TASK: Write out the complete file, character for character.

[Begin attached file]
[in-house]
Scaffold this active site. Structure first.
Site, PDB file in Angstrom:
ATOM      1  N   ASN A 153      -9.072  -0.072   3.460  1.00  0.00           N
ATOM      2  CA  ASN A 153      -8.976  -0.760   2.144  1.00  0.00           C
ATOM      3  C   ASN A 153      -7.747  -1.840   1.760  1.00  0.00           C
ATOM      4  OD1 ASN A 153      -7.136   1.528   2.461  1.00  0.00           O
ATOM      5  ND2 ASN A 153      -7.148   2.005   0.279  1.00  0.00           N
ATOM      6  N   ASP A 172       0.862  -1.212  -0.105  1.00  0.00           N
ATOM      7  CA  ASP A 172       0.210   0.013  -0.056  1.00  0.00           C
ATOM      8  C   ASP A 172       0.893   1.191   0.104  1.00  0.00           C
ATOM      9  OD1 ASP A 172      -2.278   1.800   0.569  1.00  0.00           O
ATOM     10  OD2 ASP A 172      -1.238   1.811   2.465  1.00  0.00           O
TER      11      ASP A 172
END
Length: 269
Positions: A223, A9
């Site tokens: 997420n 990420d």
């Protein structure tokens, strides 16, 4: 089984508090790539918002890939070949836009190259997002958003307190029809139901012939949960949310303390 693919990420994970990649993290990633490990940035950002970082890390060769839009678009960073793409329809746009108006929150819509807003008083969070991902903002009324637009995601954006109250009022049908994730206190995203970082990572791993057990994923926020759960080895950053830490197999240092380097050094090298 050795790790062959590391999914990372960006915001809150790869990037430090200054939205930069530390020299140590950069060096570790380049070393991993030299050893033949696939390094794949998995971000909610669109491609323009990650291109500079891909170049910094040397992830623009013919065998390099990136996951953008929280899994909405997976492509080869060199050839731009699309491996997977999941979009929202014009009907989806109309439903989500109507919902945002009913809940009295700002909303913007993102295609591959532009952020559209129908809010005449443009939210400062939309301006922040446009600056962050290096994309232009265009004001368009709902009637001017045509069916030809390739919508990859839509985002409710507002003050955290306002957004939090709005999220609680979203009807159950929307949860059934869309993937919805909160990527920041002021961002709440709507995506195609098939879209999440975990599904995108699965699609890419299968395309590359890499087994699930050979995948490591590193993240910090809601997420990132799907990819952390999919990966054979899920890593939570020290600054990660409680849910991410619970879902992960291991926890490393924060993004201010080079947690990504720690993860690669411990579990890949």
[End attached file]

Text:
[in-house]
Scaffold this active site. Structure first.
Site, PDB file in Angstrom:
ATOM      1  N   ASN A 153      -9.072  -0.072   3.460  1.00  0.00           N
ATOM      2  CA  ASN A 153      -8.976  -0.760   2.144  1.00  0.00           C
ATOM      3  C   ASN A 153      -7.747  -1.840   1.760  1.00  0.00           C
ATOM      4  OD1 ASN A 153      -7.136   1.528   2.461  1.00  0.00           O
ATOM      5  ND2 ASN A 153      -7.148   2.005   0.279  1.00  0.00           N
ATOM      6  N   ASP A 172       0.862  -1.212  -0.105  1.00  0.00           N
ATOM      7  CA  ASP A 172       0.210   0.013  -0.056  1.00  0.00           C
ATOM      8  C   ASP A 172       0.893   1.191   0.104  1.00  0.00           C
ATOM      9  OD1 ASP A 172      -2.278   1.800   0.569  1.00  0.00           O
ATOM     10  OD2 ASP A 172      -1.238   1.811   2.465  1.00  0.00           O
TER      11      ASP A 172
END
Length: 269
Positions: A223, A9
């Site tokens: 997420n 990420d």
């Protein structure tokens, strides 16, 4: 089984508090790539918002890939070949836009190259997002958003307190029809139901012939949960949310303390 693919990420994970990649993290990633490990940035950002970082890390060769839009678009960073793409329809746009108006929150819509807003008083969070991902903002009324637009995601954006109250009022049908994730206190995203970082990572791993057990994923926020759960080895950053830490197999240092380097050094090298 050795790790062959590391999914990372960006915001809150790869990037430090200054939205930069530390020299140590950069060096570790380049070393991993030299050893033949696939390094794949998995971000909610669109491609323009990650291109500079891909170049910094040397992830623009013919065998390099990136996951953008929280899994909405997976492509080869060199050839731009699309491996997977999941979009929202014009009907989806109309439903989500109507919902945002009913809940009295700002909303913007993102295609591959532009952020559209129908809010005449443009939210400062939309301006922040446009600056962050290096994309232009265009004001368009709902009637001017045509069916030809390739919508990859839509985002409710507002003050955290306002957004939090709005999220609680979203009807159950929307949860059934869309993937919805909160990527920041002021961002709440709507995506195609098939879209999440975990599904995108699965699609890419299968395309590359890499087994699930050979995948490591590193993240910090809601997420990132799907990819952390999919990966054979899920890593939570020290600054990660409680849910991410619970879902992960291991926890490393924060993004201010080079947690990504720690993860690669411990579990890949």